The dark blue carpet squished underneath my worn out shoes as I trailed a hand over the pale blue walls. I'd painted this room as soon as I'd arrived, unable to stand the bright, welcome yellows I'd been provided with. Blue made it feel like home. Blue made it all the more real to me. Made me realize just what I had done a scale I never thought I could ever think on. Certainly Mack didn't know my feelings, he thought the "blue thing" was just a phase of my favorite color.
Of course, he's wrong. I thought to myself scooping up some dress clothes from my closet before making my way towards the bathroom, My favorite color is a particular shade of lilac that no paint company in the world could hope to duplicate. My heart thumped loudly in my chest as I turned on the water, But how could he know that…how could anybody know that…?
Because I had no time to walk to the Hall like I usually would have done, I flew. As soon as I stepped out the front door of my home and waved good-bye to Mack, I crouched and let the cold, white light dance across my frame. It was different from my younger years. No longer was it two rings splitting up and down my body but a swirling mist of light that sparkled with stars. Much more attractive, at least in my eyes.
My old hazmat suit was still the same; I found it odd that it had grown with me. Still black with the white collar, gloves, belt, boots, and symbol on my chest. My sleek, long white hair was blown out of my face by the wind whipping around me as I shot over the ground, following the dirt path. A white marble building loomed on the horizon and I dropped to the ground, letting the light flash over me and revert me to my human form.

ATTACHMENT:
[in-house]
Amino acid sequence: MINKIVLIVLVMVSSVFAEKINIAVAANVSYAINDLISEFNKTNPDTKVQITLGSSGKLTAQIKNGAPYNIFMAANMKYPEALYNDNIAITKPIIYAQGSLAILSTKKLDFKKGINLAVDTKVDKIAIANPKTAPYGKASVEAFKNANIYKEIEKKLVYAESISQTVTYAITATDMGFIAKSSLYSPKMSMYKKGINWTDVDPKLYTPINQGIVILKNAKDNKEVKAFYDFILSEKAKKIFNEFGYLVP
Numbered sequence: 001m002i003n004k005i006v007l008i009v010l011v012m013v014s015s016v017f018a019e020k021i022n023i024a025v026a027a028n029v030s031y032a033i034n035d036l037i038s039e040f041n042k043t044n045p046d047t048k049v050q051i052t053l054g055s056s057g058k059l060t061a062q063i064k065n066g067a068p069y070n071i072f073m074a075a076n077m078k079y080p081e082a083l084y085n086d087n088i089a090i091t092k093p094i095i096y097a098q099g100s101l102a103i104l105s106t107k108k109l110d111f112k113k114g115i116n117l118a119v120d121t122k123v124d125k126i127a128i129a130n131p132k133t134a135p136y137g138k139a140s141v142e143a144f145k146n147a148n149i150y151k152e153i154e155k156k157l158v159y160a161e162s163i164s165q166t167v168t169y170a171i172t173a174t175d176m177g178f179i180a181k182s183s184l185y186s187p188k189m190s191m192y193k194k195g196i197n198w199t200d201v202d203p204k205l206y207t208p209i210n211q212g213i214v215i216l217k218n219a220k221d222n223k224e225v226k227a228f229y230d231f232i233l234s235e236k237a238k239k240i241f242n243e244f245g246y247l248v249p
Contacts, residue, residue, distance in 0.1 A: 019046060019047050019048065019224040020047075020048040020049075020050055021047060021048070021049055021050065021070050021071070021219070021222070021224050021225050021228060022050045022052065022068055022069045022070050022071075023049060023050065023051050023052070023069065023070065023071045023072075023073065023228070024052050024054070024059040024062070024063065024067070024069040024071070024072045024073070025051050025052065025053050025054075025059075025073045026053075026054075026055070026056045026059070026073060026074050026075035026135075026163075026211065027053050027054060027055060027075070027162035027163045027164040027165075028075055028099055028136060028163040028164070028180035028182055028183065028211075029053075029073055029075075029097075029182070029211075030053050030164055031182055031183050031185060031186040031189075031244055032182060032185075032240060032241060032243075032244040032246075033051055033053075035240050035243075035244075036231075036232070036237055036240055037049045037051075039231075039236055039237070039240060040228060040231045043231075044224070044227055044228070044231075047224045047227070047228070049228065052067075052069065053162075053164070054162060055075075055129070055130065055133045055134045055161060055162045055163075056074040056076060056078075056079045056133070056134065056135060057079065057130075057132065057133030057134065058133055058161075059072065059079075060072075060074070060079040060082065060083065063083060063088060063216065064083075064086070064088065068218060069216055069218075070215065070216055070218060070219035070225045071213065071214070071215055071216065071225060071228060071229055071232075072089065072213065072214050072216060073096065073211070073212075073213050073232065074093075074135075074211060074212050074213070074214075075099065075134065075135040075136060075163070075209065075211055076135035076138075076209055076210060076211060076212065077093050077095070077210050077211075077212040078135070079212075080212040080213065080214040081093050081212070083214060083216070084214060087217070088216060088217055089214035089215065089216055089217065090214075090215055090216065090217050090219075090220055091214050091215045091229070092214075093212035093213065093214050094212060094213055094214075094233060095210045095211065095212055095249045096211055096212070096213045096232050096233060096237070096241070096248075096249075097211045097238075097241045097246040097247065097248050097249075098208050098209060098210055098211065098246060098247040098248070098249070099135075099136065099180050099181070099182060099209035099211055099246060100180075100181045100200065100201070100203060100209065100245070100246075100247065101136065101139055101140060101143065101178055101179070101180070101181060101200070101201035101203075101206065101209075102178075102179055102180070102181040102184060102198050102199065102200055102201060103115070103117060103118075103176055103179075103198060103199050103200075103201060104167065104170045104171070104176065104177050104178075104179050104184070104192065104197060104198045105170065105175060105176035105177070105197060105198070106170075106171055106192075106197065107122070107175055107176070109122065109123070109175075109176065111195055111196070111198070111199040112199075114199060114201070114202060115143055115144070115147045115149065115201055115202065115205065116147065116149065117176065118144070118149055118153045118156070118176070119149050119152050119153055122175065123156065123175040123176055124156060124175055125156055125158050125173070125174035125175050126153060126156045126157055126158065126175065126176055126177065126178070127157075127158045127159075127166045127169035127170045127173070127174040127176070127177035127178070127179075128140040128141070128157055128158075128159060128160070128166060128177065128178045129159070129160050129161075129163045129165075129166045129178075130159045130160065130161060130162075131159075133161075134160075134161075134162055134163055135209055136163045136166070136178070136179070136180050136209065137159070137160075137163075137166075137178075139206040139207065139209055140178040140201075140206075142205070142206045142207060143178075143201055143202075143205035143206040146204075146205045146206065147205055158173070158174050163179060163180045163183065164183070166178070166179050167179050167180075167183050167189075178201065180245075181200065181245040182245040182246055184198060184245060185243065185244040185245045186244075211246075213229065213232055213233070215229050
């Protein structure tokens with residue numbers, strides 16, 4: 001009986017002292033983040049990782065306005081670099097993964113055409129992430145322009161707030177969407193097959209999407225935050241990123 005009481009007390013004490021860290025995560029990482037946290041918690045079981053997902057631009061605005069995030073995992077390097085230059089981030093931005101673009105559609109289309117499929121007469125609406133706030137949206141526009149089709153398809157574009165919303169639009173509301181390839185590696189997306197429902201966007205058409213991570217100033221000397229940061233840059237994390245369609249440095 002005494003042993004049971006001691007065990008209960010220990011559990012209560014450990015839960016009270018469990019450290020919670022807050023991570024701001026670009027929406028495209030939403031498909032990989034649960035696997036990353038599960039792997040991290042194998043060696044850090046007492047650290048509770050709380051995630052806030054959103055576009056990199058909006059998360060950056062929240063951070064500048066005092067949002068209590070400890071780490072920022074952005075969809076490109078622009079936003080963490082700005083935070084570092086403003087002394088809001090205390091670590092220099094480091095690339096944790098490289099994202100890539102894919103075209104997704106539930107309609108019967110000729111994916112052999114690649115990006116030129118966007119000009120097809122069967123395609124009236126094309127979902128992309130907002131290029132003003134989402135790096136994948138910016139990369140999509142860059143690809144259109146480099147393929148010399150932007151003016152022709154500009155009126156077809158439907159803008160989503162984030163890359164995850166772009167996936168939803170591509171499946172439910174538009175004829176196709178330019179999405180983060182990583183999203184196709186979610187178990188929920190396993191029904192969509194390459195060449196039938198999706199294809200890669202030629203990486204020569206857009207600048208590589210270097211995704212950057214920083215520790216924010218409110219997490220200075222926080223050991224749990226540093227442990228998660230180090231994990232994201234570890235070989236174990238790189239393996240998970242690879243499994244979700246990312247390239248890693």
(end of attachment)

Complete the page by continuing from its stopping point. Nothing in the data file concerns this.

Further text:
I let my long black hair hang loose over my shoulders but brushed it agitatedly out of my mismatched eyes as I walked along. The black trench coat I wore over my loose white shirt and taupe pants billowed around the ankles of my dark brown boots in a warm breeze. Bird song drifted through the air and brought with it the smell of newly bloomed flowers, fresh, untainted streams of water, and the cool scent of snow atop the mountains in the distance.
I took a deep breath, relishing the clean air that whooshed into my lungs and then back out again. The air here was wonderful, so clean and pure. My smile dropped for split second. I knew this whole thing was a charade, something to cover up what I was really feeling. I hadn't been truly happy in almost seven years. Then again, I hadn't seen my home in seven years either.
My boots thudded on the marble steps as I made my way up them towards the double wooden doors. They creaked ominously as I pushed them open and stepped into the cool, dimly lit interior of the Hall. It was one room; polished wooden floor from one cold marble wall to the other, lit by dim yellow lights on the chandeliers hanging from the ceiling, and a long, elegant wooden table in the middle. Several people dressed mostly in black sat around the table, fingering glasses of wine or plates of food.
I strode forward and slid into a seat next to a tall, blonde woman with welcoming brown eyes and a flowing black and silver dress. I smiled at her but let it slip away when it wasn't returned.
"You're late, Lord Phantom." Rumbled the man across the table from me, his spiked blonde hair seeming to glow in the dim lighting and the silver edges of his black suit sparkling.